- I wash my Pampered Chef Stoneware with soap and water.
- I put my good knives in the dishwasher.
- I put my workout clothes and my swimming suits in the dryer.
- I keep my hot water heater temperature set really high.
- I use bleach in my laundry.
- I wear my running shoes till they wear out.
- I let my children watch Spongebob Squarepants.
- I don't get gas until the gas indicator light comes on.
And on and on it goes. You can see that I don't really live on the edge if those are my risky behaviors, as most of these things are fairly low on the risk scale in terms of actually harming someone. I've never tasted soap when I make brownies. I used to work in a restaurant and the good knives went in the dishwasher with no ill effects. I've had most of my running clothes and my swimming suits for years and years and they seem just fine. I survived hours and hours of Bugs Bunny and Gilligan's Island as a child with no noticeable effects. I've only run out of gas twice in my whole life.
But, as Dr. Phil always says, if you continue to engage in risky behavior, something bad will happen to you. So in general, I'm a rule follower. But in some ways, I reflect the generation I came from, when there were less rules and safety habits than there are today. Today something bad did happen, and I can't sweep it under the rug or lie about it, so I'm just going to get it out there and be done with it. This one is serious. I wish it were funny, but it's not.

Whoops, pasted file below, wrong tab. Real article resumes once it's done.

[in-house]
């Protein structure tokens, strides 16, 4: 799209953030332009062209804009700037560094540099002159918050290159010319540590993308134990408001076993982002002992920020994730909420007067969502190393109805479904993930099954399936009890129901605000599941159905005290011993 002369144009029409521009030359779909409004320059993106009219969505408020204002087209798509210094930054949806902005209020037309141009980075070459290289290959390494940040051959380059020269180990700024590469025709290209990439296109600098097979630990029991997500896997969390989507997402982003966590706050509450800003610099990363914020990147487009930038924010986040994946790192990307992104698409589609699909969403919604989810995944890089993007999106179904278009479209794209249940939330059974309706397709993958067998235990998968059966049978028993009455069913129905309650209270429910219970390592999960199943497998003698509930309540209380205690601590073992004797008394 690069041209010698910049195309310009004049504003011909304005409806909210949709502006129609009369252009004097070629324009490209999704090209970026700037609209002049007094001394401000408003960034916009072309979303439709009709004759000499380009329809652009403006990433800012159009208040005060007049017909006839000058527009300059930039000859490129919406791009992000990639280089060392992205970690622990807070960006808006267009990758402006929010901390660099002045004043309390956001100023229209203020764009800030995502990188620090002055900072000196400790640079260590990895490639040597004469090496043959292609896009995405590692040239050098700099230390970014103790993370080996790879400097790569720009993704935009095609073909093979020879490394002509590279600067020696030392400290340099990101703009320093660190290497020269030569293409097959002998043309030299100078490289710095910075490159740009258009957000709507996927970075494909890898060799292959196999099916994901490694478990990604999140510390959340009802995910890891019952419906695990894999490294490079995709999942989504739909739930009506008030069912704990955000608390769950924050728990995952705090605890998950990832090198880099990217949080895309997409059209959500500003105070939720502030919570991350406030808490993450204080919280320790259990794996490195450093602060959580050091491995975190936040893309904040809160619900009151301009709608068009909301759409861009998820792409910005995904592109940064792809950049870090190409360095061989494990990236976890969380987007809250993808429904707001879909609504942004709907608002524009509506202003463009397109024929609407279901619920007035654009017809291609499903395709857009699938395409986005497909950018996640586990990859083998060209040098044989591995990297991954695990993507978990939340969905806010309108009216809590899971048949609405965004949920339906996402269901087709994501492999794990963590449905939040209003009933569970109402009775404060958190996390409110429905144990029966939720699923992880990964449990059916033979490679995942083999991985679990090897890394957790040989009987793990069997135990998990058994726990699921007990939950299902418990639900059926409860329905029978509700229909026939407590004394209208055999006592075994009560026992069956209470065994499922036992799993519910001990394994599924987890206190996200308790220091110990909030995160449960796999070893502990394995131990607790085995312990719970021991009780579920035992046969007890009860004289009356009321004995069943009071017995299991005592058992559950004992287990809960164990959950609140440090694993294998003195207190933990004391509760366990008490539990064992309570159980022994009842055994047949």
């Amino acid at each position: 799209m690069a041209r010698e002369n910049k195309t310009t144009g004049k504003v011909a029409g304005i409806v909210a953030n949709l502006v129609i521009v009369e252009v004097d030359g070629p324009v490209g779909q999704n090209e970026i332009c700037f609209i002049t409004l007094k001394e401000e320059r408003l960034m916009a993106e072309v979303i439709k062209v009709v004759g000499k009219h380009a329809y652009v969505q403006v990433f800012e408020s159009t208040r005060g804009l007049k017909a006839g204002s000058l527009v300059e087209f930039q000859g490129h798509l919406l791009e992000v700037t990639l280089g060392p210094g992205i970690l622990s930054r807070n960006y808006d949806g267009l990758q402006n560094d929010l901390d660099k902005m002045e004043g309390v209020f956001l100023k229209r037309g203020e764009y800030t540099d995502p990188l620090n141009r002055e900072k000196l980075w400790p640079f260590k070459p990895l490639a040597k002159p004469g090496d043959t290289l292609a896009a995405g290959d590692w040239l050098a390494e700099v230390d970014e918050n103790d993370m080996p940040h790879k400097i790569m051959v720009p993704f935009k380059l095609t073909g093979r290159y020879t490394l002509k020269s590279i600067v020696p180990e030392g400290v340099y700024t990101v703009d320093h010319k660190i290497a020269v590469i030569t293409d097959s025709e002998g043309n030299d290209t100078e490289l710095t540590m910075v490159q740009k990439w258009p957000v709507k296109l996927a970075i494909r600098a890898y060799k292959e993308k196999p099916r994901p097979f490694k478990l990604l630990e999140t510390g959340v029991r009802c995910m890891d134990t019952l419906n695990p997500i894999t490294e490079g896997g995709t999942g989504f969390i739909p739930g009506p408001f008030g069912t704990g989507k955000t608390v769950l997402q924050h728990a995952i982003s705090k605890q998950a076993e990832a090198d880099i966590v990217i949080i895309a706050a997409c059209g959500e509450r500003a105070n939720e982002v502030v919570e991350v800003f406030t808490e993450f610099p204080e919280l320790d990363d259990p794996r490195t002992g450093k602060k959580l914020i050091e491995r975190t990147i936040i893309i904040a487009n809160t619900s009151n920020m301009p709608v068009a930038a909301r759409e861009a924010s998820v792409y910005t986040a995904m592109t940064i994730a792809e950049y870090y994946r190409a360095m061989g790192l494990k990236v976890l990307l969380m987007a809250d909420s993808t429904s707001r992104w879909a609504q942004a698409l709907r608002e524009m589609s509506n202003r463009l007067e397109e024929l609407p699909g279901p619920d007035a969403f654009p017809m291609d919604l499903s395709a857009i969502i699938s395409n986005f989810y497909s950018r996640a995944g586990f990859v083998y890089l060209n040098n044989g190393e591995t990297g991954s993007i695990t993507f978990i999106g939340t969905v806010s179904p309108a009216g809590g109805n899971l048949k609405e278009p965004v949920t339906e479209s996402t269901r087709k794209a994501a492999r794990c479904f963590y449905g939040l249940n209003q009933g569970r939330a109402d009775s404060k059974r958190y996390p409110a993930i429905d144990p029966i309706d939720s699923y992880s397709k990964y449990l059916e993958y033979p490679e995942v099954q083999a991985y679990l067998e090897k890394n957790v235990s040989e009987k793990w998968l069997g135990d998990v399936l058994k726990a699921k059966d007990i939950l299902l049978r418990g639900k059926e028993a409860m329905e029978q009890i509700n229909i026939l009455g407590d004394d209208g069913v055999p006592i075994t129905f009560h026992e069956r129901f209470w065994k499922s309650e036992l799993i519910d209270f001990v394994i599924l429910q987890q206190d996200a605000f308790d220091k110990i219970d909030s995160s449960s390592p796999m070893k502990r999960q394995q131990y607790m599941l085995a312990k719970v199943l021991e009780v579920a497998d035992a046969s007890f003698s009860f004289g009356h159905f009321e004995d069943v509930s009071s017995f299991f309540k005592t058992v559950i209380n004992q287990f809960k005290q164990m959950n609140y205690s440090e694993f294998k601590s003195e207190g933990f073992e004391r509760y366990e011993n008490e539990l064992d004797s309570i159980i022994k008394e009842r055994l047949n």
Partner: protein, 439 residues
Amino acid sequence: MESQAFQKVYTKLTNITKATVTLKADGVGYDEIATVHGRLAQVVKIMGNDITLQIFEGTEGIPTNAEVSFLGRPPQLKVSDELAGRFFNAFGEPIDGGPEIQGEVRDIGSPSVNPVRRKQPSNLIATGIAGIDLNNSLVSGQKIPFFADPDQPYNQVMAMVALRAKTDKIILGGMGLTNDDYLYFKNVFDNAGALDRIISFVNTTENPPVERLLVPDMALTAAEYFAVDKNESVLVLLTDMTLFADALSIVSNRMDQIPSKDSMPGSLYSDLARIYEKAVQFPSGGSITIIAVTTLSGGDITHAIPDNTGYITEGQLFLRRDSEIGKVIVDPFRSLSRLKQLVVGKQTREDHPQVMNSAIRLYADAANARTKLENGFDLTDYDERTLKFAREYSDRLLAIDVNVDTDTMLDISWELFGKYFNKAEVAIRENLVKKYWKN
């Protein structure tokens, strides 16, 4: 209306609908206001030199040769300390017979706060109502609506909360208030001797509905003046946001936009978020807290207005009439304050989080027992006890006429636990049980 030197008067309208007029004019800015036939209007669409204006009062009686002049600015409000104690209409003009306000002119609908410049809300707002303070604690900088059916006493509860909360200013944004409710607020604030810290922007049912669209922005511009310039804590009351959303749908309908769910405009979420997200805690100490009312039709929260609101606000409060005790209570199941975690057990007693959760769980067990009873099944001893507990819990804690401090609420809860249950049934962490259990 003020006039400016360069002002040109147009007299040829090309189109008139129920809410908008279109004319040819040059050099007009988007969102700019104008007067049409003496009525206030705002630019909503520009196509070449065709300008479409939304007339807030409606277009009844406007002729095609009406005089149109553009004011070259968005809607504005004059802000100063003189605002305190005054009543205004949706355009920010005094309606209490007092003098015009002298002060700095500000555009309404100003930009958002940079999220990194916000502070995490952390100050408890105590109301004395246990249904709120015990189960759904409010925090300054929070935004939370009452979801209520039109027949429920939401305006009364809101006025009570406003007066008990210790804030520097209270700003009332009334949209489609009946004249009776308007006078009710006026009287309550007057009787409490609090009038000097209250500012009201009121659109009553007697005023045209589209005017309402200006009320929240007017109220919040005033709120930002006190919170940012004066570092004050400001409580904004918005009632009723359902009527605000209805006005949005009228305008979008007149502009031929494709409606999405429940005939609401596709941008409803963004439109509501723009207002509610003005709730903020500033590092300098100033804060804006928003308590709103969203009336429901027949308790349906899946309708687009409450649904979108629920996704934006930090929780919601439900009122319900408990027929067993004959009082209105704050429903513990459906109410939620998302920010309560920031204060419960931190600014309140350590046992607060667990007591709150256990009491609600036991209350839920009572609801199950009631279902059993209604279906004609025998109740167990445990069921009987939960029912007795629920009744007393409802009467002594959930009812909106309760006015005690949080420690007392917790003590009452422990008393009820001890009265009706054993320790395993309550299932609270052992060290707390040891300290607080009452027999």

I sometimes let Evan (and all the kids) practice starting the car. I did it when I was a kid. My youngest has done it many times with absolute success and no problems whatsoever. Until today. This morning, he finally had trouble with the process and ran the car into the garage door. Smash. Full on. Fortunately, the only casualties are the garage door and a very upset kid. No injuries, no damage to the car aside from a little paint. And, oh yeah, my confidence as a mother. I feel like such a stupid, stupid person for creating the conditions for him to have this bad experience. I'm ashamed. But it will be worse if I try to yammer and stammer some other story when it comes up in conversation that we're getting a new garage door or why there is paint all over my bumper. So here it is. The stupidest thing I do came around and put me in my place. I put my child at risk. I went against my prime directive. Now I have to try and be grateful that everything is really okay and move on. We actually needed a new garage door. Someday this will be part of the family lore, and his brothers are going to laugh as soon as they hear about it. But first I'm going to go cry under my covers.